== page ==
Wednesday, January 17, 2007

Goodbye Ramen, Hello Steak!

Goodbye Ramen, Hello Steak!
Bill Proposes Halving Student Loan Rates
By Rachel Raskin-Zrihen, Times-Herald staff writerVallejo Times Herald

If Rep. George Miller's latest bill passes a House vote today, going to college will become more affordable for thousands of local students, Miller and local education officials said.

The College Student Relief Act of 2007, H.R. 5, would cut interest rates in half during the next five years - from 6.8 percent to 3.4 percent - for needs-based federal student loans. It would save millions of students nationwide thousands in interest payments, said Miller, chairman of the House Education and Labor Committee, in astatement.

Once entirely phased in, the cuts would save the typical borrower $13,800 in subsidized federal student loans, more than $4,000 in interest during the life of the loan, said Miller, (D-Martinez).
Today's vote is part of the new House of Representatives Democratic majority's "Six of '06" campaign promises for the new Congress' first 100 legislative hours, said Miller, whose district includes Vallejo, Benicia and Contra Costa County.

"This will be a vital first step toward helping lower college costs for millions of low and middle-income students, while keeping our promises to taxpayers to maintain responsible spending," Miller said.
Though making college attendance possible for more students sounds good, Norman Reece, Republican Party of Southern Solano County president, said he wonders who will end up footing the bill for this legislation.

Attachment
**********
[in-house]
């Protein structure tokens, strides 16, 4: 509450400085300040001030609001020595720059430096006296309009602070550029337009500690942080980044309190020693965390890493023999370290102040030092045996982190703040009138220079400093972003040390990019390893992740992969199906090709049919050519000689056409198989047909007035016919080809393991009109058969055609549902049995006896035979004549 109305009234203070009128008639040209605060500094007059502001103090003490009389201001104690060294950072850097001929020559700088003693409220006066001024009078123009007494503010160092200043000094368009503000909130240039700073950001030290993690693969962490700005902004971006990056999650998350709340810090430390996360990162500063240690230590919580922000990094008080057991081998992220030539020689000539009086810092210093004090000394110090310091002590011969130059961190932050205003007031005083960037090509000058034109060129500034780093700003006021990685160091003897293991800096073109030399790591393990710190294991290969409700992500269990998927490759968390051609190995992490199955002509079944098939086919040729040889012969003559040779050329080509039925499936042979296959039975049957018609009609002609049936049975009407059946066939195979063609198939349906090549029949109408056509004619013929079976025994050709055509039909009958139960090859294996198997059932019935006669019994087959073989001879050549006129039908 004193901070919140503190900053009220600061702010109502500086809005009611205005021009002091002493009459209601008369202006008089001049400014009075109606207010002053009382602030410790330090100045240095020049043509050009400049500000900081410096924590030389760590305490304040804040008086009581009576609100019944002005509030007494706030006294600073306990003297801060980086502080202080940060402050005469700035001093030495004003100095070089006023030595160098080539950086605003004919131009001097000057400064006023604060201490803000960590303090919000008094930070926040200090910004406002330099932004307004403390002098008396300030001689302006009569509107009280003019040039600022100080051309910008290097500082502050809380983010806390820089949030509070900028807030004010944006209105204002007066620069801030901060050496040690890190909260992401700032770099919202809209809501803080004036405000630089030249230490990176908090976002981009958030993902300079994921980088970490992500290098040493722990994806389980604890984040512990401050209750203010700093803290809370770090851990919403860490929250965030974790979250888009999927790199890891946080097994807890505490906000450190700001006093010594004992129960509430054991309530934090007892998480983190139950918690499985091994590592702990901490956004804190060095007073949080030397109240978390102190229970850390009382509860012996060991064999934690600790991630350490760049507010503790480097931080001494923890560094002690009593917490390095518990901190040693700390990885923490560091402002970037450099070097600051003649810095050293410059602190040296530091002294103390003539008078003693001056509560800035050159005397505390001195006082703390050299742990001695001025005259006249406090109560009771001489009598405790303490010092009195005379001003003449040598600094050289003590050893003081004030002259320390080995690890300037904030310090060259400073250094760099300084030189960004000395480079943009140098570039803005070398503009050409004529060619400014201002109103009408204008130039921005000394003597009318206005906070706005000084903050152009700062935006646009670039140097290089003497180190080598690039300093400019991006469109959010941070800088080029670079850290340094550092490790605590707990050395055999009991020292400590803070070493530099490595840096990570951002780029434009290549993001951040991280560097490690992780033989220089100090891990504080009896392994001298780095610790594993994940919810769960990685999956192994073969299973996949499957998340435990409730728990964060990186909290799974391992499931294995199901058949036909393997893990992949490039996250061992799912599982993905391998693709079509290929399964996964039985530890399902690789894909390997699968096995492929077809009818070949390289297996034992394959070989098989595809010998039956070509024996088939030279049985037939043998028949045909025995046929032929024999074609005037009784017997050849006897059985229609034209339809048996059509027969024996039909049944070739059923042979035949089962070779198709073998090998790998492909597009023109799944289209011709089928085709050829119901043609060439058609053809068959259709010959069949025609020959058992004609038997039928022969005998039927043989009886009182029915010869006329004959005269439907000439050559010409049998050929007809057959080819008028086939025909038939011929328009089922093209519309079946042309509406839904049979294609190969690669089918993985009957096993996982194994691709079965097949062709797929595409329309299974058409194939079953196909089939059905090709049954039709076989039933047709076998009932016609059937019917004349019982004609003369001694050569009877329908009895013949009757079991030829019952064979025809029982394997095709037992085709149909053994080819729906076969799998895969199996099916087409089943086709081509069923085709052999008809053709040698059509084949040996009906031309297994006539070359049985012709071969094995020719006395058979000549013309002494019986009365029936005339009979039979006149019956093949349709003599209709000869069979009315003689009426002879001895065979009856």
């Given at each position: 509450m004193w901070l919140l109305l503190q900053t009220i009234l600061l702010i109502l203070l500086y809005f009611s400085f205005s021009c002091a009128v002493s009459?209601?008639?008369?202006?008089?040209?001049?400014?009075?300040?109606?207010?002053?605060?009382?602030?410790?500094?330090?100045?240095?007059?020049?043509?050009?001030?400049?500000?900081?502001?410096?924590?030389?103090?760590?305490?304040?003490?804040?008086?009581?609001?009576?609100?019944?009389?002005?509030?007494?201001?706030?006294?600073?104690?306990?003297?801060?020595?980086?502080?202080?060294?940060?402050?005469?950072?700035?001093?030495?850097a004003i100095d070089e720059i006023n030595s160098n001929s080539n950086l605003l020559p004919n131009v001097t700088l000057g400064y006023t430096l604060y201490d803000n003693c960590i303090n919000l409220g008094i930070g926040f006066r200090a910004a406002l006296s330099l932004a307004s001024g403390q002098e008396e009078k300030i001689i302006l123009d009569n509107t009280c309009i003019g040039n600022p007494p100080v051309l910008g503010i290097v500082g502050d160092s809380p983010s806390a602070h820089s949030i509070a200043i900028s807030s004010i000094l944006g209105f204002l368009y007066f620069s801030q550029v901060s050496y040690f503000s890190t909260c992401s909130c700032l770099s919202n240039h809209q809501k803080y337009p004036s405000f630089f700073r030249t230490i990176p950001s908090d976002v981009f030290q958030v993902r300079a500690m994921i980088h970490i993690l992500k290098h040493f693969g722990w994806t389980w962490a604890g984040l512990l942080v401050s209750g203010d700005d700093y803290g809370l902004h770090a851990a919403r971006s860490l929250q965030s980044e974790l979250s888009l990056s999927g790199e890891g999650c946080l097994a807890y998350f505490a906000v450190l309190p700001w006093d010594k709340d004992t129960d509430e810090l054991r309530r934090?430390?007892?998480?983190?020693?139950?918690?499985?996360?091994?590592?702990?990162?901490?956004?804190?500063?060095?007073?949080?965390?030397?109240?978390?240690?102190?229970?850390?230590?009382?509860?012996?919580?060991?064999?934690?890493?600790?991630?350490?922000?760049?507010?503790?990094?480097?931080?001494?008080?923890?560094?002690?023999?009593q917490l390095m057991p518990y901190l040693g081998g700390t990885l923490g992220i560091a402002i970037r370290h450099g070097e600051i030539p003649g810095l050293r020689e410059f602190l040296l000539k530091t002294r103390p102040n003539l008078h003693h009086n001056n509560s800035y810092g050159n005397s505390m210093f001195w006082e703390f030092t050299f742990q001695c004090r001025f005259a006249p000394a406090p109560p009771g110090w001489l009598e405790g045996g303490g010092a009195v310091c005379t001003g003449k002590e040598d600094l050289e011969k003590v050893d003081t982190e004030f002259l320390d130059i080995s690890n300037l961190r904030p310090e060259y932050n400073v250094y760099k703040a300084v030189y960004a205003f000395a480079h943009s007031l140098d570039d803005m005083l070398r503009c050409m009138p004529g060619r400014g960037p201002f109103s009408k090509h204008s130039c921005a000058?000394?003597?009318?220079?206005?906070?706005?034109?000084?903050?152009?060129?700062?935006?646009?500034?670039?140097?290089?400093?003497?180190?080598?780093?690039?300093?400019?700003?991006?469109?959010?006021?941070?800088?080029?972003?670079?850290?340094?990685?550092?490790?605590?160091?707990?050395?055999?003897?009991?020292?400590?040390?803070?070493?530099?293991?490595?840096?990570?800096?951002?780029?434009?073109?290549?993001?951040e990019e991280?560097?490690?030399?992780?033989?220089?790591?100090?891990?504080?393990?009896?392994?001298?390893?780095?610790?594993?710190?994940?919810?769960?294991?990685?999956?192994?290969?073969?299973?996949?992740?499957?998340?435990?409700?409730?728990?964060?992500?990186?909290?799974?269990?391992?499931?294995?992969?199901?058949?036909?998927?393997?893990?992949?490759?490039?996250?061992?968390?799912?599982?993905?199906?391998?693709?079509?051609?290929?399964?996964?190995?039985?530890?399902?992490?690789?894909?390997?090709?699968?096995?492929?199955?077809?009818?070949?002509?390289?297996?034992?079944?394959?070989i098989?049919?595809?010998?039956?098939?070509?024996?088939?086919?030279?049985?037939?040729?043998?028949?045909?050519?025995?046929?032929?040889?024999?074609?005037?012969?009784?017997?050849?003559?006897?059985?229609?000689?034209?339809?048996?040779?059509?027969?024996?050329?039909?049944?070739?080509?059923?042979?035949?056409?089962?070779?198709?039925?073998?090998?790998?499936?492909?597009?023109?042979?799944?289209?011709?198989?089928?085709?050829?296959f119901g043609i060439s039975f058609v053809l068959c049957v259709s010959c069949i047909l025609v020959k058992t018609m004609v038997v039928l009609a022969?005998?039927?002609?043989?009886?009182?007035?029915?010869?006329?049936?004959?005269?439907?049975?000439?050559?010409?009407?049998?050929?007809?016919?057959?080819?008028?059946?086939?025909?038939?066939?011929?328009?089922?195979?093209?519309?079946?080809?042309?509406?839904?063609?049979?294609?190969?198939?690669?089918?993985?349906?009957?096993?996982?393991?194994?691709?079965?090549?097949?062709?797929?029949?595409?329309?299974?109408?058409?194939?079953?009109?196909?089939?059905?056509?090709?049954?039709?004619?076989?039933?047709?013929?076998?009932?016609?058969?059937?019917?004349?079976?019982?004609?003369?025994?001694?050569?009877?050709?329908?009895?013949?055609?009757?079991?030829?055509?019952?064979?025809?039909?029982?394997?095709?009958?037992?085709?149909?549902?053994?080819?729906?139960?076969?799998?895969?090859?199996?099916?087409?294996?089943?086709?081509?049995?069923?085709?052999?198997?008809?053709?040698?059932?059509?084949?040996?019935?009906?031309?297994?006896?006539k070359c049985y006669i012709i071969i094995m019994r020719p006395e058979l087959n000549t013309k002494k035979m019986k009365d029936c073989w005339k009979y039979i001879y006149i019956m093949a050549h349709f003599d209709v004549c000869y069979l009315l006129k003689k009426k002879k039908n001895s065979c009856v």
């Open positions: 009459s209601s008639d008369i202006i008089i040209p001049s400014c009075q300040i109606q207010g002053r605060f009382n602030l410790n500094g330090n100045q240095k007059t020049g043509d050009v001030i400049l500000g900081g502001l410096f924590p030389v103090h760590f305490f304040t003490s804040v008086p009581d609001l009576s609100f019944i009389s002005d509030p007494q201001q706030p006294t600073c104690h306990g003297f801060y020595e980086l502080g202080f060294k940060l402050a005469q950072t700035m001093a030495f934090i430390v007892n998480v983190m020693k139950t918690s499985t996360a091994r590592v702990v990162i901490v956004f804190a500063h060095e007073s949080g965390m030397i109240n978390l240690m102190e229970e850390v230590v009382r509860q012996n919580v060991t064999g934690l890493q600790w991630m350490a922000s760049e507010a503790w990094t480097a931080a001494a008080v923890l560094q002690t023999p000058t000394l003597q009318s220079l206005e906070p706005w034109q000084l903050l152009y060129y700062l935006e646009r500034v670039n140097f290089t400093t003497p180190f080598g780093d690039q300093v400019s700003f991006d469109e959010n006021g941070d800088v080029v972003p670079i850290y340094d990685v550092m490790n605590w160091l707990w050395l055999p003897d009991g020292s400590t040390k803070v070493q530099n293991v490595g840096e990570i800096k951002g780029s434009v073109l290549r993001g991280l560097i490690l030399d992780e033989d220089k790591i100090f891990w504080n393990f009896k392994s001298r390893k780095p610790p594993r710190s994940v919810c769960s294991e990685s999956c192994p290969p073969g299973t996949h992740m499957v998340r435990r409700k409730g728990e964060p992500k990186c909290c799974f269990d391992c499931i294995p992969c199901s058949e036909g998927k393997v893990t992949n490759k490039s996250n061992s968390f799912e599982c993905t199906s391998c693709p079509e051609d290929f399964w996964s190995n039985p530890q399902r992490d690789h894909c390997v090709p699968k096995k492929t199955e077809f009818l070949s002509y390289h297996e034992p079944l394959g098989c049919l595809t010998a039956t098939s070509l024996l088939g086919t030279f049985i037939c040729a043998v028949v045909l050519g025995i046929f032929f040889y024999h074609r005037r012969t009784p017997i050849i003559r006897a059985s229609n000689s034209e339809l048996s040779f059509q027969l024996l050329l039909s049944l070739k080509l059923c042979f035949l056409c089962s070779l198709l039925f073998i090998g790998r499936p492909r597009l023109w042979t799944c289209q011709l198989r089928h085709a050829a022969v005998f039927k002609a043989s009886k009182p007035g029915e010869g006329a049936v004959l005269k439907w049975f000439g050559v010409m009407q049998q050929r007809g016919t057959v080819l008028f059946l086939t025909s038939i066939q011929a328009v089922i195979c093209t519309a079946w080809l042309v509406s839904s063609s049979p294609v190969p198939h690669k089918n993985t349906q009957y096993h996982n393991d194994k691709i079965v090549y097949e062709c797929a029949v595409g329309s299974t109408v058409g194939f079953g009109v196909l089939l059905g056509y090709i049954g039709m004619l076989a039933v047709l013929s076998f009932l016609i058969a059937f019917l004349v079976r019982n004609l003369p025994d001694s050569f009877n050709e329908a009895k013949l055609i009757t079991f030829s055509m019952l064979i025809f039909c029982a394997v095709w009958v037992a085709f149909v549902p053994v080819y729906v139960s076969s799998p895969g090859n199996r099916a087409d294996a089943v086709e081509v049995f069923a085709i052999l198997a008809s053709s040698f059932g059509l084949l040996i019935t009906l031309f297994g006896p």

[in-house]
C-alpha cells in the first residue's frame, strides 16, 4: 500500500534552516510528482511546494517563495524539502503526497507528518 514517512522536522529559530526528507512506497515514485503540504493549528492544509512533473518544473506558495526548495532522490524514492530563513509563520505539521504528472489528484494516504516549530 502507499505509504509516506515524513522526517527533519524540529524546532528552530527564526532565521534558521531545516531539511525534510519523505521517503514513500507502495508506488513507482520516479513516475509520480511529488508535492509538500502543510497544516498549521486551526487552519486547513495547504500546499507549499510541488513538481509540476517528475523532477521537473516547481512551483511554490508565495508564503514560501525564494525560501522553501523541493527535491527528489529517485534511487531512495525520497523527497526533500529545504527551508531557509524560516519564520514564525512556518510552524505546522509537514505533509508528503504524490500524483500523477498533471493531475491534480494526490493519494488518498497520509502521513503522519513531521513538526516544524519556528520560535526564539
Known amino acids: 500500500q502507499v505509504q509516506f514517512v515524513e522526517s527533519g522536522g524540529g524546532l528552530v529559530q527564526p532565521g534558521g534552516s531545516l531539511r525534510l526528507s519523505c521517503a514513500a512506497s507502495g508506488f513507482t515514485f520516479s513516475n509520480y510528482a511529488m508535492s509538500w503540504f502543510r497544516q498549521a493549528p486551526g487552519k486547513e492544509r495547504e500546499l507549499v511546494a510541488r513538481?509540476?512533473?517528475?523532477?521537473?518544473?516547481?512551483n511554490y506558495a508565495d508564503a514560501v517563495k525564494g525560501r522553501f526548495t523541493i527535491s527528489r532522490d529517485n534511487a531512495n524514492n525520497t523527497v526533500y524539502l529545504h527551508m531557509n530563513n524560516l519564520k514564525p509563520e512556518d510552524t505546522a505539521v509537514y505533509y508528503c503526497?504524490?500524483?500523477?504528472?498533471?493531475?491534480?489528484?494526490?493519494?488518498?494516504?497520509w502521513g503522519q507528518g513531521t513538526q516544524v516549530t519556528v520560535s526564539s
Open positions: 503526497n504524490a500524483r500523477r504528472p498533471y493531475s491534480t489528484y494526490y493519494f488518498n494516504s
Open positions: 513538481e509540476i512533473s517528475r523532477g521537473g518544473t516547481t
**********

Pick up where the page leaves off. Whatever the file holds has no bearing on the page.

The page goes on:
"How will this be paid for?" said Reece of Vallejo. "They have a pay-as-you-go commitment. What will the money be taken from? Sounds like a revenue-losing proposition. I'd like to see who will be penalized for this."

The bill is funded by increasing student loan programs' efficiency and redirecting savings to students, according to a federal fact sheet issued by Miller's committee.

"It's a double-whammy of help for our students," said Solano Community College board member, Tony Ubalde of Vallejo. "Community college fees were already lowered from $26 to $20 (per unit), and this will help even more."

Solano College officials noticed an enrollment drop when the fees rose from $18 to $20 per unit in 2004, Ubalde said.

"This should increase the number of students who will be able to attend college, especially the underprivileged students and families," Ubalde said. "The timing is very pro-public education, and I can't help but support that."

About 400 Solano Community College students apply for the needs-based loans annually, said Sal Alcala, the college's dean of special services and financial aid.

Vallejo City Unified School District officials, too, are hopeful the bill will pass, said district spokeswoman Tish Busselle.

"It's an exciting opportunity for our parents to be able to make college more affordable and not saddle their student with excessive debt after college," Busselle said. "We plan to have our counselors make parents aware of it."

On-again, off-again college student Maria Mitschan of Vallejo, 21, summed it up.
"Paying less is always a good thing," she said.

E-mail Rachel Raskin-Zrihen at or call 553-6824.

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